Jeremy Deller kicked off the Bristol Festival of Ideas with a Sermon from The New Room at the John Wesley Chapel, last Sunday, 4th May 2014.
I'd been to see 'English Magic' at the City Museum although I wasn't particularly aware of his previous work – this was the work which Deller represented the British Pavilion with in 2013 at the 55th International Art Exhibition – la Biennale di Venezia. I'd heard his name of course, but I'd presumed a degree of inaccessibility. What I heard on Sunday was genuine, honest, plainly spoken, refreshing and inspiring.
I walked away feeling relieved and with new vision, Deller challenged many previously held notions for me that 'public art' had to be some sort of soother, that it should bridge gaps or promote unity – reflecting some idea of a cohesive family, when often our communities can be anything but. A welcome relief from some of the historical worthiness associated with public art of merit - or as Claire Doherty from Situations phrased it, 'Turds on a Plaza'.
Through a re-structuring of historical associations - photos from David Bowie's 1970s tour inter-spliced with documentary photographs of The Troubles in Northern Ireland, Deller seems to be asking us to consider the presentation/consumption of the stories, a slowing down of time perhaps, to make new associations,
'weaving a narrative that is almost psychedelic; hovering delicately between fact and fiction, real and imagined'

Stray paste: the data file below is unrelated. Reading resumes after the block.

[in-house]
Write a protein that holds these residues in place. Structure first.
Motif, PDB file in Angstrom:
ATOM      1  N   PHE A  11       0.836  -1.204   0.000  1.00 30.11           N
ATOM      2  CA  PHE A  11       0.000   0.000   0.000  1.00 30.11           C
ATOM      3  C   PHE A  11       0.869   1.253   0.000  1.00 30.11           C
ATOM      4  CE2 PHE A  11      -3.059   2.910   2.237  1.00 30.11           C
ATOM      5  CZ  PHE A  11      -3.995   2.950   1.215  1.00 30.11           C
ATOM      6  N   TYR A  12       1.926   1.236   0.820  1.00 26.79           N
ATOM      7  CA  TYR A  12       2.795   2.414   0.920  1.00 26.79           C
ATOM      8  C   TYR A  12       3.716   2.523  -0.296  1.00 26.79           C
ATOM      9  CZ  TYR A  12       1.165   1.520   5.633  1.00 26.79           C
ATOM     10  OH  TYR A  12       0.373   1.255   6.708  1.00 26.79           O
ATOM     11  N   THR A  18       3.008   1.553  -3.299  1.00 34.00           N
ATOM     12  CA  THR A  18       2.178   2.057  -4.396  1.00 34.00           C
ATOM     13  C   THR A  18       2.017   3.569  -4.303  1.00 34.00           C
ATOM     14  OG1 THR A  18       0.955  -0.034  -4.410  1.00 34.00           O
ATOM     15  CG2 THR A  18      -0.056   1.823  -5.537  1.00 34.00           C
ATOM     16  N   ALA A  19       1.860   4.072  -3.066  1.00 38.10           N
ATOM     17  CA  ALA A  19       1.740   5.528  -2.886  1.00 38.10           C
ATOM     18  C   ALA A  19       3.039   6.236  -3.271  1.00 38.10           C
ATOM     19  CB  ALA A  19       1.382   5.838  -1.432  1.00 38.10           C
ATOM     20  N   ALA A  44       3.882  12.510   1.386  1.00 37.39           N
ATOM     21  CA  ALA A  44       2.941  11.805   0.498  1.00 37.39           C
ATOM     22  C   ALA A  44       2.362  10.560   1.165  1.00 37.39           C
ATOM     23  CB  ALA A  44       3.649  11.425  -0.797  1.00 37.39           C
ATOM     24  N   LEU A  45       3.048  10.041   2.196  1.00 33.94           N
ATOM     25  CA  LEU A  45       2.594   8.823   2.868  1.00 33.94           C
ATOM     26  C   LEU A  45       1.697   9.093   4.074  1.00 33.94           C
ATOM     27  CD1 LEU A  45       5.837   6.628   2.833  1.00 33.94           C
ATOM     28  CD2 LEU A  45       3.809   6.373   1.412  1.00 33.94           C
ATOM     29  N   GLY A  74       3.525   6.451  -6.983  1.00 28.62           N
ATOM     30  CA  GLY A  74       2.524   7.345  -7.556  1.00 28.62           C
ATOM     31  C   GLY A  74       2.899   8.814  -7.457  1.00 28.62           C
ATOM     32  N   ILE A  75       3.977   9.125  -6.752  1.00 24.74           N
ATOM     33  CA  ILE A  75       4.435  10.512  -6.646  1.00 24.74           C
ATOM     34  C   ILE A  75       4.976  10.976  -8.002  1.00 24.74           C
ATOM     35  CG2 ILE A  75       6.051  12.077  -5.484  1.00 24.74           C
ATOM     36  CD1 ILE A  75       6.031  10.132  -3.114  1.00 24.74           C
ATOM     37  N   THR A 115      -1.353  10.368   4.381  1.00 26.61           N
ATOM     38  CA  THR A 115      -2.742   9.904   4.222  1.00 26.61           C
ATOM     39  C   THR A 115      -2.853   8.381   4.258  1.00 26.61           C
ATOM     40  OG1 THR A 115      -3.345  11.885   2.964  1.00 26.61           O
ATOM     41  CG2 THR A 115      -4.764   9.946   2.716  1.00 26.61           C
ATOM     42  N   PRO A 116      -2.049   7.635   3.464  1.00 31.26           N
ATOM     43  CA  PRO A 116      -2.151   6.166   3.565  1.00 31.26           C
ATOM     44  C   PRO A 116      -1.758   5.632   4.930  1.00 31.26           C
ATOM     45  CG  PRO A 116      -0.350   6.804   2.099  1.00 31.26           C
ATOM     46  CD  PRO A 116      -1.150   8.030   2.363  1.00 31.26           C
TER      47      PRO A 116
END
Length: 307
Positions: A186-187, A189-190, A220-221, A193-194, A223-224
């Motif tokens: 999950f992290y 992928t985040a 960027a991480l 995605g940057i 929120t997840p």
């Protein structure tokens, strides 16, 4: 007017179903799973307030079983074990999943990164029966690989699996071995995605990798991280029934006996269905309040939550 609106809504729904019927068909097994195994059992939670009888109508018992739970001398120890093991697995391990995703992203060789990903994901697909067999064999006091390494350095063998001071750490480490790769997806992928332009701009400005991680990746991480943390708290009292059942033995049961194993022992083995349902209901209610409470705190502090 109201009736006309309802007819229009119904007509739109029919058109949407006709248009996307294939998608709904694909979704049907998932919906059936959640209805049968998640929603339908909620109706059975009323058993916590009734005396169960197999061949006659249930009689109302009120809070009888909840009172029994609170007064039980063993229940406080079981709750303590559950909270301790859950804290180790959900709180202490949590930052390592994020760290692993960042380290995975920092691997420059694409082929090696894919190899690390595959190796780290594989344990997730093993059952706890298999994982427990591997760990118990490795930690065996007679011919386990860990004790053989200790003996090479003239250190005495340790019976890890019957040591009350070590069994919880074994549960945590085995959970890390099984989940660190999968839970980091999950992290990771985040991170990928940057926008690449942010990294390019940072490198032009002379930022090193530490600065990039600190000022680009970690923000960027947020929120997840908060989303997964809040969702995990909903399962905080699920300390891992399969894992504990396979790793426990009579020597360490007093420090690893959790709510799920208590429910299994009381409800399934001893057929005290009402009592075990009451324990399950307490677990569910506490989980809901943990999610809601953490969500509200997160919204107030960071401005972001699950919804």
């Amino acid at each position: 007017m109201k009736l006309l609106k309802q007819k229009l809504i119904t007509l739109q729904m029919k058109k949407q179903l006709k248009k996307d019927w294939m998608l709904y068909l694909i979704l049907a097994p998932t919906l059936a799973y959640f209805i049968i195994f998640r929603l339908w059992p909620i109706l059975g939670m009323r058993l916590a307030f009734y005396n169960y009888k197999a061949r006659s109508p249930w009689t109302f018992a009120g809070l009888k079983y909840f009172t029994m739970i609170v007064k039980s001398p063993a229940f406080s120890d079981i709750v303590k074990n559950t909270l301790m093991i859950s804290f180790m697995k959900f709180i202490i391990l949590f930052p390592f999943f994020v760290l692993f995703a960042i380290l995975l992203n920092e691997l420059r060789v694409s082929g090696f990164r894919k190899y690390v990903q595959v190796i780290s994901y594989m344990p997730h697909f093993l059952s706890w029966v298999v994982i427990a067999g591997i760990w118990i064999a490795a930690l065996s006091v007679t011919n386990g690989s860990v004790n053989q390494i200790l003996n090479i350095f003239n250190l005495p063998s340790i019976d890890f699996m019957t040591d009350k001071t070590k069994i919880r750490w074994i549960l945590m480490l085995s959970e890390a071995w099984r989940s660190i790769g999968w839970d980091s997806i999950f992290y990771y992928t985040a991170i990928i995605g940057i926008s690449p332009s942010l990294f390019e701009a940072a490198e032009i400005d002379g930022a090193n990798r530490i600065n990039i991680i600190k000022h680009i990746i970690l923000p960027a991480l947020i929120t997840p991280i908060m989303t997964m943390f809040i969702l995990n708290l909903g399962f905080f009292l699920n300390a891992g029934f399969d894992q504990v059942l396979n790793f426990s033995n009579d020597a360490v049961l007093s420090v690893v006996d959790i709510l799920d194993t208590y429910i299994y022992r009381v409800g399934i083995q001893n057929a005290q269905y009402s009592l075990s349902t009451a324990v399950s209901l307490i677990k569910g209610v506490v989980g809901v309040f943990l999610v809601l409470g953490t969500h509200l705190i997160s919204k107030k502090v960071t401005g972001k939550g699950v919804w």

The realisation that there is space for both artist as object maker and artist as storyteller was liberating in this context. I admired his confidence to question, provoke and open the wound rather than stick a plaster over it, as shown in the re-staging of (Battle of Orgreave (2001).
When questioned Deller was unapologetic regarding the distress some elements of his work might cause, (It Is What It Is, 2009) - war is upsetting, destroying communities and losing your livelihood is upsetting (Battle of Orgreave, 2001), many things are upsetting, the act of creating an artwork that gives an opportunity to start conversation around the issues can be cathartic, having your voice heard again, being listened to and not forgotten, an act of recognition, remembrance perhaps.
Putting artwork in a gallery can stop the conversation or certainly limit it to a certain audience, taking it to the street as it were, opens the work for debate, re-ignites passions, allows us to speak plainly, to see things again afresh and possibly with greater clarity.
I've posted the image which upon viewing during the lecture helped made me 'get it' - a photo of Adrian Street, a Welsh born wrestler with his father and fellow miners down the pit, a narrative from which Adrian escaped to reinvent himself as a wrestler, finally settling in Florida. He returns in this photo to display himself in shiny lycra glamorous glory, the prodigal son returned, a messenger from the future showing the way forward, an act of sweet revenge – look what is possible! It is this possibility and contrast, the ability to re-write a story, to change tack, to re-invent and challenge, to return and to be defiant that made me reconsider my position – for me that's what it's all about.